A new report has recommended that more cybersecurity testing be carried out as part of improved cyber certification for distributed energy resources (DER) and inverter based resources (IBR).

renewable energy

The report was released by global safety science organisation, UL in partnership with the US Department of Energy.

Titled “Cybersecurity Certification Recommendations for Interconnected Grid Edge Devices and Inverter Based Resources”, the document is part of a precursor to the first cybersecurity certification standard for distributed energy resources.

With support from the US Department of Energy’s Solar Energy Technologies Office, UL has said it will continue working with the US government’s National Renewable Energy Laboratory (NREL) on developing requirements to support cybersecurity certification standards for DERs and IBRs.

The NREL and UL are currently working on an outline of investigation for a standard that will apply to energy storage and generation technologies on the distribution grid, including photovoltaic inverters, electric vehicle chargers, wind turbines, fuel cells and other resources essential to advancing grid operations.

These new requirements will prioritise cybersecurity enhancements for power systems dealing with high penetration inverter-based resources, including those interfacing with bulk power systems for periods of instantaneous high wind, solar and hybrid/storage generation. It will also help ensure cybersecurity is designed into new IBR and DER systems.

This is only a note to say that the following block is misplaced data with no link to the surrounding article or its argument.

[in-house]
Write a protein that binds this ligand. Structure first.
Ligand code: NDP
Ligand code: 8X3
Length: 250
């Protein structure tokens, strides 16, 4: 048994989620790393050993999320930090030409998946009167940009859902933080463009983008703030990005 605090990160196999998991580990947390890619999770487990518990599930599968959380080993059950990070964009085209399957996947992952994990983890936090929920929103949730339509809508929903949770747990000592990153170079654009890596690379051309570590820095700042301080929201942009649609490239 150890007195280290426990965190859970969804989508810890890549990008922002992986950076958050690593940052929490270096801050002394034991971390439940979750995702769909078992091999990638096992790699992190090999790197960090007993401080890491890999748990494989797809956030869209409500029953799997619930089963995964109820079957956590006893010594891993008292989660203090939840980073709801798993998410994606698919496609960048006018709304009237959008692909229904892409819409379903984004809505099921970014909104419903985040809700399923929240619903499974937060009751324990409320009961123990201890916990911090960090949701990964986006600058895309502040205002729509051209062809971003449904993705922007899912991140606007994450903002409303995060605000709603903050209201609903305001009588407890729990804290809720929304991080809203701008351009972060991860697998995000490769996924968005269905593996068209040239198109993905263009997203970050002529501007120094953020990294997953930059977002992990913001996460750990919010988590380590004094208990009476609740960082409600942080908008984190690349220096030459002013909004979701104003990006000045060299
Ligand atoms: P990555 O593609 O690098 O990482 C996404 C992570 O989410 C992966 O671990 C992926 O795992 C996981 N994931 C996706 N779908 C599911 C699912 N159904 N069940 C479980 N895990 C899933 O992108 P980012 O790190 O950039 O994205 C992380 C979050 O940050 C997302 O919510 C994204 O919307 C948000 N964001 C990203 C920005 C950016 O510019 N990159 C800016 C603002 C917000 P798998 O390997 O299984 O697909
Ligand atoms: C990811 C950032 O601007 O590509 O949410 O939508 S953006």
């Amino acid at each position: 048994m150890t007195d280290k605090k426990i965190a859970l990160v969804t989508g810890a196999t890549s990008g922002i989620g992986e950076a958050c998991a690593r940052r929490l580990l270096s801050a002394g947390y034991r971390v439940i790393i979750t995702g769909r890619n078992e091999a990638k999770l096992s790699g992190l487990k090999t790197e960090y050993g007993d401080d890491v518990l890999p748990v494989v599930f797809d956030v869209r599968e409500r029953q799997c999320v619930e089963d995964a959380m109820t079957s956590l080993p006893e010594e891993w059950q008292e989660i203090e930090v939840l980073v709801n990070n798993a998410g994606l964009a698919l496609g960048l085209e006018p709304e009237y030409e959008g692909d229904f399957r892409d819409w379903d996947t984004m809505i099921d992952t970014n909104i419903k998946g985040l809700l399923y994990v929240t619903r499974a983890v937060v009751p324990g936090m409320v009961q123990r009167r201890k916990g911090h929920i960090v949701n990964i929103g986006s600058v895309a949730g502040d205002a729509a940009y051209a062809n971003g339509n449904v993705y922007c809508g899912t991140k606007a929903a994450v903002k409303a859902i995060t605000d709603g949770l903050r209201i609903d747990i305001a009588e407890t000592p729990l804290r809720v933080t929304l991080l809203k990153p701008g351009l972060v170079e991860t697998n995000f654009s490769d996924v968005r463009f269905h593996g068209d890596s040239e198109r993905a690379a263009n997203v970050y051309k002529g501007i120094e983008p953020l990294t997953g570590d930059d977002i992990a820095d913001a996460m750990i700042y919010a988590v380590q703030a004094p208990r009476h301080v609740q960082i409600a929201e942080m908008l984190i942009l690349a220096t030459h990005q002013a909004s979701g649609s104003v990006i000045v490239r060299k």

Kenneth Boyce, senior director for Principal Engineering, Industrial, group at UL, said:

“Currently, there are no cybersecurity certification requirements to which manufacturers and vendors can certify their DER and IBR devices against an established and widely adopted cybersecurity certification programme.

“The development of these new cybersecurity certification requirements will provide a single unified approach that can be taken as a reference for performing the testing and certification of DERs before being deployed and while in the field,” Boyce added.

“Drafting comprehensive certification requirements with peer review requires effective leadership and stakeholder participation. We are pleased to be working with NREL in this effort to bring additional performance-based security to electrical grid infrastructure,” Boyce continued.

Danish Saleem, senior researcher for energy cyber-physical system security at NREL, said:

“A national or international cybersecurity certification standard can aid industry stakeholders to evaluate and validate the cybersecurity posture of their DER or IBR devices before they are connected to the electric grid.

“UL supports the development of a cybersecurity certification program because, not only will robust cybersecurity be introduced to the electric grid, but it will also help to ensure the concept of security by design is being followed for new DER systems,” Saleem added.

“Drafting consensus-based cybersecurity certification standards requires effective leadership and regular participation from stakeholders. NREL and UL can streamline this effort by utilising in-house expertise and state-of-the-art testing facilities and by bringing industry experts to the UL Standards Technical Panel.

“By collaborating with UL on this technical report, we have established a valuable working relationship that will strengthen our ability to develop the forthcoming.

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